I assisted my retired, senior mother (who is single) in buying a home in California and am listed as a co-owner on the title. (I am a resident of another state where I own my own home.) We are now selling my mom's house, which has appreciated ~$300K gross and ~$200K net (factoring in renovation and closing costs). I am intending to take no profit or loss on the home, as this was an exercise to assist my mom in affording a home in a high-cost area and not as an investment or a second home for me. My forthcoming 1099S reflects my gross proceeds as equal to half of the original purchase price, while my mom's 1099S reflects their half of the original price plus the ~$300K appreciation. The distribution of post-escrow proceeds to each party will mirror these percentages as well. I understand my parent to be exempt from CA Form 593 withholding and federal/state capital gains as it was their primary residence for more than 2 yrs and net gains were <$250K. In filling out my separate CA Form 593, can I claim a withholding exemption since I intend to realize no individual capital gain? If so, how would I represent the computation in Part VI? My REEP (ie, the escrow agent) insists I must use the full sales amount (vs my share) in Line 13 Selling Price, which inevitably leads to showing the full ~$200K gain and a subsequent withholding (albeit at an amount prorated to my ownership %). This seems to be due to the form's calculations assuming that my % share of the purchase price and % share of the sales price are equal vs. being based on a static dollar amount. Or do I need to just submit the withholding and then look for a refund when filing a CA nonresident tax return? (My only CA-based income would be the house sale, and I've never resided a day in CA.) And in that case, will the relevant forms allow me to show my individual share of the purchase and sales prices to be equal and therefore offsetting?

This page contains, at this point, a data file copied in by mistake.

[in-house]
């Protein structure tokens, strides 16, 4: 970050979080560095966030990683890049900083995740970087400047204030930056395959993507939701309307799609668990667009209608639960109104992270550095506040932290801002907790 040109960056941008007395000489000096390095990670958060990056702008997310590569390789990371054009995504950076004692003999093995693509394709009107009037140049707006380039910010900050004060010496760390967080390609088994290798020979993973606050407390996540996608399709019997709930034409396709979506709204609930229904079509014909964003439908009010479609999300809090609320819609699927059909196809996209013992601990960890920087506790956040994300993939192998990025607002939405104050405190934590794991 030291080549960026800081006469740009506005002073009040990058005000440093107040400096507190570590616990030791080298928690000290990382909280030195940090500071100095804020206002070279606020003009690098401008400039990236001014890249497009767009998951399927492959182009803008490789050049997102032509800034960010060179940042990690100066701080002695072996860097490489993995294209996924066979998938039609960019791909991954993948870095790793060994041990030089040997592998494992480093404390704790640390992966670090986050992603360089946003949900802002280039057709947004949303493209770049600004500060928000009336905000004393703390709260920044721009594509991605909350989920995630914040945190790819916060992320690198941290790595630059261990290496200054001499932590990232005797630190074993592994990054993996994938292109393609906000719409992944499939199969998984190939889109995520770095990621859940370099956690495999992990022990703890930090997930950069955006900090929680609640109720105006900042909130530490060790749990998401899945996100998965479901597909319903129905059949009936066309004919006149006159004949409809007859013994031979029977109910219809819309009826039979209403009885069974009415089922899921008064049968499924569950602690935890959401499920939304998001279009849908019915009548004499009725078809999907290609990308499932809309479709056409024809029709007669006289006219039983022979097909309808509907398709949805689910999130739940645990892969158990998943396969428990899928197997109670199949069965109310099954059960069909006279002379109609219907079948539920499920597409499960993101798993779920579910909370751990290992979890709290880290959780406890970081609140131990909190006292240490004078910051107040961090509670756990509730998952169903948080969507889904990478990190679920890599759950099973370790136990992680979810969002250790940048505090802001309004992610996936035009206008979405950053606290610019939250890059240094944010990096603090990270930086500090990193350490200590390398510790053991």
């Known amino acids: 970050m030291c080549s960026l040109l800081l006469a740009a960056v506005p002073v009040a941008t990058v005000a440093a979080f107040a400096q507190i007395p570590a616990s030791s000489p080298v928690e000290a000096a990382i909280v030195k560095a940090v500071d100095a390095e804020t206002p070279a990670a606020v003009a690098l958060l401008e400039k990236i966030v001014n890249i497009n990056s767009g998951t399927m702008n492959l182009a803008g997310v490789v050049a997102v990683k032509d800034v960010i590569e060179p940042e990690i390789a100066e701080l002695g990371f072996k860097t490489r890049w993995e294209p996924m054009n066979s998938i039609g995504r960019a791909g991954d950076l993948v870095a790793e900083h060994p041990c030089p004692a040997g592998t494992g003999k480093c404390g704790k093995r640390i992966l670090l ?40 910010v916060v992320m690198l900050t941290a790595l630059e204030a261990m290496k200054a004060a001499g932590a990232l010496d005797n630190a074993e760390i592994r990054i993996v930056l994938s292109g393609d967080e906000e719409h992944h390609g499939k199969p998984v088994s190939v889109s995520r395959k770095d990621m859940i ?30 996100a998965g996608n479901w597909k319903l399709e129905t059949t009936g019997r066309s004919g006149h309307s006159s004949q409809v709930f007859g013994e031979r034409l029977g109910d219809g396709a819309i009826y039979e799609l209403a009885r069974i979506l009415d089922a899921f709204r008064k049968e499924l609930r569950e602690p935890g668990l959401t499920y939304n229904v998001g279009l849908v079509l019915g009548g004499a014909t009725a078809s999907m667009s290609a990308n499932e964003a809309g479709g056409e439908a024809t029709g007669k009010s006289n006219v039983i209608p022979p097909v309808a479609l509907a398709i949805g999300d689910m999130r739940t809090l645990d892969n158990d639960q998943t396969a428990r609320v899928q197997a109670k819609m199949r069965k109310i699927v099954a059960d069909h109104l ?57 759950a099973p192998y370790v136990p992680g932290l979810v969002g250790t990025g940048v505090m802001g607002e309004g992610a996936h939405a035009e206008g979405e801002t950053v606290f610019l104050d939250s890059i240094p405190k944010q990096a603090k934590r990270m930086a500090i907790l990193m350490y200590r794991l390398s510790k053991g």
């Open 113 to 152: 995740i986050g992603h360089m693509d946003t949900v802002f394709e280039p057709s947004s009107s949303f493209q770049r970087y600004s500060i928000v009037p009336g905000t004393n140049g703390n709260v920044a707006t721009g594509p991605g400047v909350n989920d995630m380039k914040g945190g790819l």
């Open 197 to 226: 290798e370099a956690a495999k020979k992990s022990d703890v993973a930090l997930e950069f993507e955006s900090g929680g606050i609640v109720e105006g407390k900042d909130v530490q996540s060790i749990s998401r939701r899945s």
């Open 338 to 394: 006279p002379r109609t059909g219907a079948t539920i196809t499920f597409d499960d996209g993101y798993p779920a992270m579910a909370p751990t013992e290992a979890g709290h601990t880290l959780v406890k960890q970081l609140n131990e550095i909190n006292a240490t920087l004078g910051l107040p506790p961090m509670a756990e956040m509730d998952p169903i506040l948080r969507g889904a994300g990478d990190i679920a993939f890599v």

Even if you do not intend to have a profit on the sale of the home, the fact is that you will have a profit. You are a half owner of the home, and half the proceeds of the sale are yours. Since it is not your principal residence, you do not qualify for any exclusion of gain.
Before you proceed with the sale, I strongly recommend that you immediately consult a California tax professional for advice on how to handle your gain on the sale, and what your California reporting requirements are. Your situation is too complex, and there is too much money involved, to rely on anonymous advice on the internet.